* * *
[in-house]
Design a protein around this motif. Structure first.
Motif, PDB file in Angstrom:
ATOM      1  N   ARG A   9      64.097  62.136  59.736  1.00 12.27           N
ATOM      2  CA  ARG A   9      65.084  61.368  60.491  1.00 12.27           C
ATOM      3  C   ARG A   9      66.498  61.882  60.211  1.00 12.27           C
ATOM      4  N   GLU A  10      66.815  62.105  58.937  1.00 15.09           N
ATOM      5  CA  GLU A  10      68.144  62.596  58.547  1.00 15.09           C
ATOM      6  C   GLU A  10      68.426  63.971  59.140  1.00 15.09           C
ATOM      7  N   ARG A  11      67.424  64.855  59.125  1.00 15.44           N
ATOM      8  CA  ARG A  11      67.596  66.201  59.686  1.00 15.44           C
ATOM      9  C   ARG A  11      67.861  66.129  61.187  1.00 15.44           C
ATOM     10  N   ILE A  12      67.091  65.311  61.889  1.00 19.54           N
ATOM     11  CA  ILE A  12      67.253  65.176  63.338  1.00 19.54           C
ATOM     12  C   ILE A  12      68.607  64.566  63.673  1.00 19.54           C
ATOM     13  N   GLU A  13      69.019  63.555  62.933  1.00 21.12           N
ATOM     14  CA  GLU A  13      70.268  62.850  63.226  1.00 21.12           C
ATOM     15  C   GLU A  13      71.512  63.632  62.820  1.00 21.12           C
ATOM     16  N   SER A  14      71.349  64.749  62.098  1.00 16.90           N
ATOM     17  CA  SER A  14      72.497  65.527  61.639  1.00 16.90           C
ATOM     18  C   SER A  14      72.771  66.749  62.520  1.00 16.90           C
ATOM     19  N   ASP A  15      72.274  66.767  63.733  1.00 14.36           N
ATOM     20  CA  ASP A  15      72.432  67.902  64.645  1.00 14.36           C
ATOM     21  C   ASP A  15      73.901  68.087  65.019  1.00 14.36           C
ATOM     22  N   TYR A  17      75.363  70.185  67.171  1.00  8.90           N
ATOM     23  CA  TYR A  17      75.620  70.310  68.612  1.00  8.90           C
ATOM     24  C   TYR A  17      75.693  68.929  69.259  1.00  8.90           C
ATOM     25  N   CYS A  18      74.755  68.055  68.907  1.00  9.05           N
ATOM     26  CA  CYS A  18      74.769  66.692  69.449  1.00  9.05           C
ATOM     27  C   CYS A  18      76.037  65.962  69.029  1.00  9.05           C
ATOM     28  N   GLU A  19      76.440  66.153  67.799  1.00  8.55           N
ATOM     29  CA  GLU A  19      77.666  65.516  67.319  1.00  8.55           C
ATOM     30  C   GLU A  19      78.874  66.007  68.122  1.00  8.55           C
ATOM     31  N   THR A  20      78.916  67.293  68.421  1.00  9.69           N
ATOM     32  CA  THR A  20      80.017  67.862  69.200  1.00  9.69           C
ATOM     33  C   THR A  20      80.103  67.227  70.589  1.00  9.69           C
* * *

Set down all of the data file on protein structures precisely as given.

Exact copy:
[in-house]
Design a protein around this motif. Structure first.
Motif, PDB file in Angstrom:
ATOM      1  N   ARG A   9      64.097  62.136  59.736  1.00 12.27           N
ATOM      2  CA  ARG A   9      65.084  61.368  60.491  1.00 12.27           C
ATOM      3  C   ARG A   9      66.498  61.882  60.211  1.00 12.27           C
ATOM      4  N   GLU A  10      66.815  62.105  58.937  1.00 15.09           N
ATOM      5  CA  GLU A  10      68.144  62.596  58.547  1.00 15.09           C
ATOM      6  C   GLU A  10      68.426  63.971  59.140  1.00 15.09           C
ATOM      7  N   ARG A  11      67.424  64.855  59.125  1.00 15.44           N
ATOM      8  CA  ARG A  11      67.596  66.201  59.686  1.00 15.44           C
ATOM      9  C   ARG A  11      67.861  66.129  61.187  1.00 15.44           C
ATOM     10  N   ILE A  12      67.091  65.311  61.889  1.00 19.54           N
ATOM     11  CA  ILE A  12      67.253  65.176  63.338  1.00 19.54           C
ATOM     12  C   ILE A  12      68.607  64.566  63.673  1.00 19.54           C
ATOM     13  N   GLU A  13      69.019  63.555  62.933  1.00 21.12           N
ATOM     14  CA  GLU A  13      70.268  62.850  63.226  1.00 21.12           C
ATOM     15  C   GLU A  13      71.512  63.632  62.820  1.00 21.12           C
ATOM     16  N   SER A  14      71.349  64.749  62.098  1.00 16.90           N
ATOM     17  CA  SER A  14      72.497  65.527  61.639  1.00 16.90           C
ATOM     18  C   SER A  14      72.771  66.749  62.520  1.00 16.90           C
ATOM     19  N   ASP A  15      72.274  66.767  63.733  1.00 14.36           N
ATOM     20  CA  ASP A  15      72.432  67.902  64.645  1.00 14.36           C
ATOM     21  C   ASP A  15      73.901  68.087  65.019  1.00 14.36           C
ATOM     22  N   TYR A  17      75.363  70.185  67.171  1.00  8.90           N
ATOM     23  CA  TYR A  17      75.620  70.310  68.612  1.00  8.90           C
ATOM     24  C   TYR A  17      75.693  68.929  69.259  1.00  8.90           C
ATOM     25  N   CYS A  18      74.755  68.055  68.907  1.00  9.05           N
ATOM     26  CA  CYS A  18      74.769  66.692  69.449  1.00  9.05           C
ATOM     27  C   CYS A  18      76.037  65.962  69.029  1.00  9.05           C
ATOM     28  N   GLU A  19      76.440  66.153  67.799  1.00  8.55           N
ATOM     29  CA  GLU A  19      77.666  65.516  67.319  1.00  8.55           C
ATOM     30  C   GLU A  19      78.874  66.007  68.122  1.00  8.55           C
ATOM     31  N   THR A  20      78.916  67.293  68.421  1.00  9.69           N
ATOM     32  CA  THR A  20      80.017  67.862  69.200  1.00  9.69           C
ATOM     33  C   THR A  20      80.103  67.227  70.589  1.00  9.69           C